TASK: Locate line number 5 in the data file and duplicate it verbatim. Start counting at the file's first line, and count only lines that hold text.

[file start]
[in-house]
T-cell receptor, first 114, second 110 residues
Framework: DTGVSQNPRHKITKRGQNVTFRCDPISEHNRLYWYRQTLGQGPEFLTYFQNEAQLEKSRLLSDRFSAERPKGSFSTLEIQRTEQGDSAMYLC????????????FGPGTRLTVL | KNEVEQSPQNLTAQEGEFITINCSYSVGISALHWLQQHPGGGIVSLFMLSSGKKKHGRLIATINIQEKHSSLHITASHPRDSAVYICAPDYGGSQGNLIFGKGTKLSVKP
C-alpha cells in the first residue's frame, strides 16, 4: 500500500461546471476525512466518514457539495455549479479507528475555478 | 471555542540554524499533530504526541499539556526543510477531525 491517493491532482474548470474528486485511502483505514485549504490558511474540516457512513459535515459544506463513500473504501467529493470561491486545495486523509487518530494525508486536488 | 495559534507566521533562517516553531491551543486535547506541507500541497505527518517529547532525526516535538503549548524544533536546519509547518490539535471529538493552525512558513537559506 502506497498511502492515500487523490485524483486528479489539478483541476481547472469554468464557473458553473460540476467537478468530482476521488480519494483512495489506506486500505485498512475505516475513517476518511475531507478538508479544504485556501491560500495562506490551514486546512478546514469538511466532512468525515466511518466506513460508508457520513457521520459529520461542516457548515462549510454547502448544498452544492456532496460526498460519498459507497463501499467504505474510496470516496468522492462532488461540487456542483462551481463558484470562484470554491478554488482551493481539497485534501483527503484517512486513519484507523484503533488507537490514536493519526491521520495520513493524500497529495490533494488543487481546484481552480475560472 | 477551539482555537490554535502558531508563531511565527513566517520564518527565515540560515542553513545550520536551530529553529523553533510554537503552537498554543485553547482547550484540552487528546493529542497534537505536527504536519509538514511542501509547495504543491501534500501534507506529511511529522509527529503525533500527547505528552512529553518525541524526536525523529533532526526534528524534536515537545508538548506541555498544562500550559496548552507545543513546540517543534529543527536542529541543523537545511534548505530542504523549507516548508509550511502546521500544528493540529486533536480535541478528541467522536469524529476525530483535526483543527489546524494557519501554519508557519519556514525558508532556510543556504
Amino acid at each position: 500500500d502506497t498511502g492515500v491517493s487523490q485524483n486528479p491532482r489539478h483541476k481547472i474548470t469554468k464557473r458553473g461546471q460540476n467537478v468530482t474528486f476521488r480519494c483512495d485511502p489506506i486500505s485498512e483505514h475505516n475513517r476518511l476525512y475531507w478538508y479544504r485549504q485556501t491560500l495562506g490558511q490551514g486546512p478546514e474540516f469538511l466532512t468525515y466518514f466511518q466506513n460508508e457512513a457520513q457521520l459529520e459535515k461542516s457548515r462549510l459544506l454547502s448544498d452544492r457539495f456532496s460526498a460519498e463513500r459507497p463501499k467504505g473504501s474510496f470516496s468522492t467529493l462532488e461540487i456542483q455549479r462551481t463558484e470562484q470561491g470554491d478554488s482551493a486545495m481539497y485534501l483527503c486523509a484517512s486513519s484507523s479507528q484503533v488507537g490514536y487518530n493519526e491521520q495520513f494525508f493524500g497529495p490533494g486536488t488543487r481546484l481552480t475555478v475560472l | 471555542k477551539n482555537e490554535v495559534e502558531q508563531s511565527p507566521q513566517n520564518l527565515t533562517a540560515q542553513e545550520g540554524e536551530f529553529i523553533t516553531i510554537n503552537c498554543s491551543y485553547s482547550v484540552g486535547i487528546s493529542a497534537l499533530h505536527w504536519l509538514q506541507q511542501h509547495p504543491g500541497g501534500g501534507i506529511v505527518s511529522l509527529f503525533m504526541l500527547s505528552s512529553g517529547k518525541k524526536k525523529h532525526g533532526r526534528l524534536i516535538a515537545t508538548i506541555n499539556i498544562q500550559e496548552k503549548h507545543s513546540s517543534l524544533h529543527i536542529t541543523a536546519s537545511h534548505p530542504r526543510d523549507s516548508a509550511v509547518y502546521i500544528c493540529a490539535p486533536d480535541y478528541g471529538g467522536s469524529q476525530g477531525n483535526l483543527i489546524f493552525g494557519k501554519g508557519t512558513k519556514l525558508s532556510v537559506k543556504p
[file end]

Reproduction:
Amino acid at each position: 500500500d502506497t498511502g492515500v491517493s487523490q485524483n486528479p491532482r489539478h483541476k481547472i474548470t469554468k464557473r458553473g461546471q460540476n467537478v468530482t474528486f476521488r480519494c483512495d485511502p489506506i486500505s485498512e483505514h475505516n475513517r476518511l476525512y475531507w478538508y479544504r485549504q485556501t491560500l495562506g490558511q490551514g486546512p478546514e474540516f469538511l466532512t468525515y466518514f466511518q466506513n460508508e457512513a457520513q457521520l459529520e459535515k461542516s457548515r462549510l459544506l454547502s448544498d452544492r457539495f456532496s460526498a460519498e463513500r459507497p463501499k467504505g473504501s474510496f470516496s468522492t467529493l462532488e461540487i456542483q455549479r462551481t463558484e470562484q470561491g470554491d478554488s482551493a486545495m481539497y485534501l483527503c486523509a484517512s486513519s484507523s479507528q484503533v488507537g490514536y487518530n493519526e491521520q495520513f494525508f493524500g497529495p490533494g486536488t488543487r481546484l481552480t475555478v475560472l | 471555542k477551539n482555537e490554535v495559534e502558531q508563531s511565527p507566521q513566517n520564518l527565515t533562517a540560515q542553513e545550520g540554524e536551530f529553529i523553533t516553531i510554537n503552537c498554543s491551543y485553547s482547550v484540552g486535547i487528546s493529542a497534537l499533530h505536527w504536519l509538514q506541507q511542501h509547495p504543491g500541497g501534500g501534507i506529511v505527518s511529522l509527529f503525533m504526541l500527547s505528552s512529553g517529547k518525541k524526536k525523529h532525526g533532526r526534528l524534536i516535538a515537545t508538548i506541555n499539556i498544562q500550559e496548552k503549548h507545543s513546540s517543534l524544533h529543527i536542529t541543523a536546519s537545511h534548505p530542504r526543510d523549507s516548508a509550511v509547518y502546521i500544528c493540529a490539535p486533536d480535541y478528541g471529538g467522536s469524529q476525530g477531525n483535526l483543527i489546524f493552525g494557519k501554519g508557519t512558513k519556514l525558508s532556510v537559506k543556504p